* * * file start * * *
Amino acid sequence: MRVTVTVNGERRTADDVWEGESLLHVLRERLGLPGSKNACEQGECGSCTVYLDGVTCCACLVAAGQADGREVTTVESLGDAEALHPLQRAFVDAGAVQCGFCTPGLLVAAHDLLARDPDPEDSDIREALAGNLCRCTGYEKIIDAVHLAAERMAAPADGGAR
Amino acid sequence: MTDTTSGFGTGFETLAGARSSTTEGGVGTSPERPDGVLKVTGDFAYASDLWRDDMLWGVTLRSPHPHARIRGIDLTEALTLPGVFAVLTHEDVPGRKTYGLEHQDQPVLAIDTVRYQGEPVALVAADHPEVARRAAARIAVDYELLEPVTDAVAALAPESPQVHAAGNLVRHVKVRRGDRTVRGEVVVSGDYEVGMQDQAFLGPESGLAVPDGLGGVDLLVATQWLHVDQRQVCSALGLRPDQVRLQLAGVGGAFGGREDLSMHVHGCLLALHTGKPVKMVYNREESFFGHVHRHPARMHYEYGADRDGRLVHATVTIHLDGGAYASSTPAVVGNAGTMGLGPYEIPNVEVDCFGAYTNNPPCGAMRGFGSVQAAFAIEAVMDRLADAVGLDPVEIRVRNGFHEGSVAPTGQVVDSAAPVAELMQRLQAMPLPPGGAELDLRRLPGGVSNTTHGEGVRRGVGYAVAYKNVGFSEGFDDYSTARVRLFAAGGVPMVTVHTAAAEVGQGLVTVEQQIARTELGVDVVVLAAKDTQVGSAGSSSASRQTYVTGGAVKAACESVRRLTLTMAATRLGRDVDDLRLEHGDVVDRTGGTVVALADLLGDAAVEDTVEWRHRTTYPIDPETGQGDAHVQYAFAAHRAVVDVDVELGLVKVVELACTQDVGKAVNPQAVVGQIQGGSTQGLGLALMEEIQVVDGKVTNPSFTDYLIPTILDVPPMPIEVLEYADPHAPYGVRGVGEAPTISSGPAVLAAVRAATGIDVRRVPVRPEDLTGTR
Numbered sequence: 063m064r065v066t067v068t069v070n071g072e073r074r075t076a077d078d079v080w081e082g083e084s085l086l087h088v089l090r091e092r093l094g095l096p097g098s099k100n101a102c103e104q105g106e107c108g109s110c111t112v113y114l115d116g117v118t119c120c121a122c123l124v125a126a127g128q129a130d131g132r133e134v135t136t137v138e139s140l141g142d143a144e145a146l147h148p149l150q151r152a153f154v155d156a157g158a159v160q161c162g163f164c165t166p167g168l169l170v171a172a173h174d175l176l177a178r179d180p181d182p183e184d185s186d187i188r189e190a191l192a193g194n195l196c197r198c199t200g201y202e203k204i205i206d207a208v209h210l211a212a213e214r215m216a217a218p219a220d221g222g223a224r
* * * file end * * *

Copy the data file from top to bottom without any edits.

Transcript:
Amino acid sequence: MRVTVTVNGERRTADDVWEGESLLHVLRERLGLPGSKNACEQGECGSCTVYLDGVTCCACLVAAGQADGREVTTVESLGDAEALHPLQRAFVDAGAVQCGFCTPGLLVAAHDLLARDPDPEDSDIREALAGNLCRCTGYEKIIDAVHLAAERMAAPADGGAR
Amino acid sequence: MTDTTSGFGTGFETLAGARSSTTEGGVGTSPERPDGVLKVTGDFAYASDLWRDDMLWGVTLRSPHPHARIRGIDLTEALTLPGVFAVLTHEDVPGRKTYGLEHQDQPVLAIDTVRYQGEPVALVAADHPEVARRAAARIAVDYELLEPVTDAVAALAPESPQVHAAGNLVRHVKVRRGDRTVRGEVVVSGDYEVGMQDQAFLGPESGLAVPDGLGGVDLLVATQWLHVDQRQVCSALGLRPDQVRLQLAGVGGAFGGREDLSMHVHGCLLALHTGKPVKMVYNREESFFGHVHRHPARMHYEYGADRDGRLVHATVTIHLDGGAYASSTPAVVGNAGTMGLGPYEIPNVEVDCFGAYTNNPPCGAMRGFGSVQAAFAIEAVMDRLADAVGLDPVEIRVRNGFHEGSVAPTGQVVDSAAPVAELMQRLQAMPLPPGGAELDLRRLPGGVSNTTHGEGVRRGVGYAVAYKNVGFSEGFDDYSTARVRLFAAGGVPMVTVHTAAAEVGQGLVTVEQQIARTELGVDVVVLAAKDTQVGSAGSSSASRQTYVTGGAVKAACESVRRLTLTMAATRLGRDVDDLRLEHGDVVDRTGGTVVALADLLGDAAVEDTVEWRHRTTYPIDPETGQGDAHVQYAFAAHRAVVDVDVELGLVKVVELACTQDVGKAVNPQAVVGQIQGGSTQGLGLALMEEIQVVDGKVTNPSFTDYLIPTILDVPPMPIEVLEYADPHAPYGVRGVGEAPTISSGPAVLAAVRAATGIDVRRVPVRPEDLTGTR
Numbered sequence: 063m064r065v066t067v068t069v070n071g072e073r074r075t076a077d078d079v080w081e082g083e084s085l086l087h088v089l090r091e092r093l094g095l096p097g098s099k100n101a102c103e104q105g106e107c108g109s110c111t112v113y114l115d116g117v118t119c120c121a122c123l124v125a126a127g128q129a130d131g132r133e134v135t136t137v138e139s140l141g142d143a144e145a146l147h148p149l150q151r152a153f154v155d156a157g158a159v160q161c162g163f164c165t166p167g168l169l170v171a172a173h174d175l176l177a178r179d180p181d182p183e184d185s186d187i188r189e190a191l192a193g194n195l196c197r198c199t200g201y202e203k204i205i206d207a208v209h210l211a212a213e214r215m216a217a218p219a220d221g222g223a224r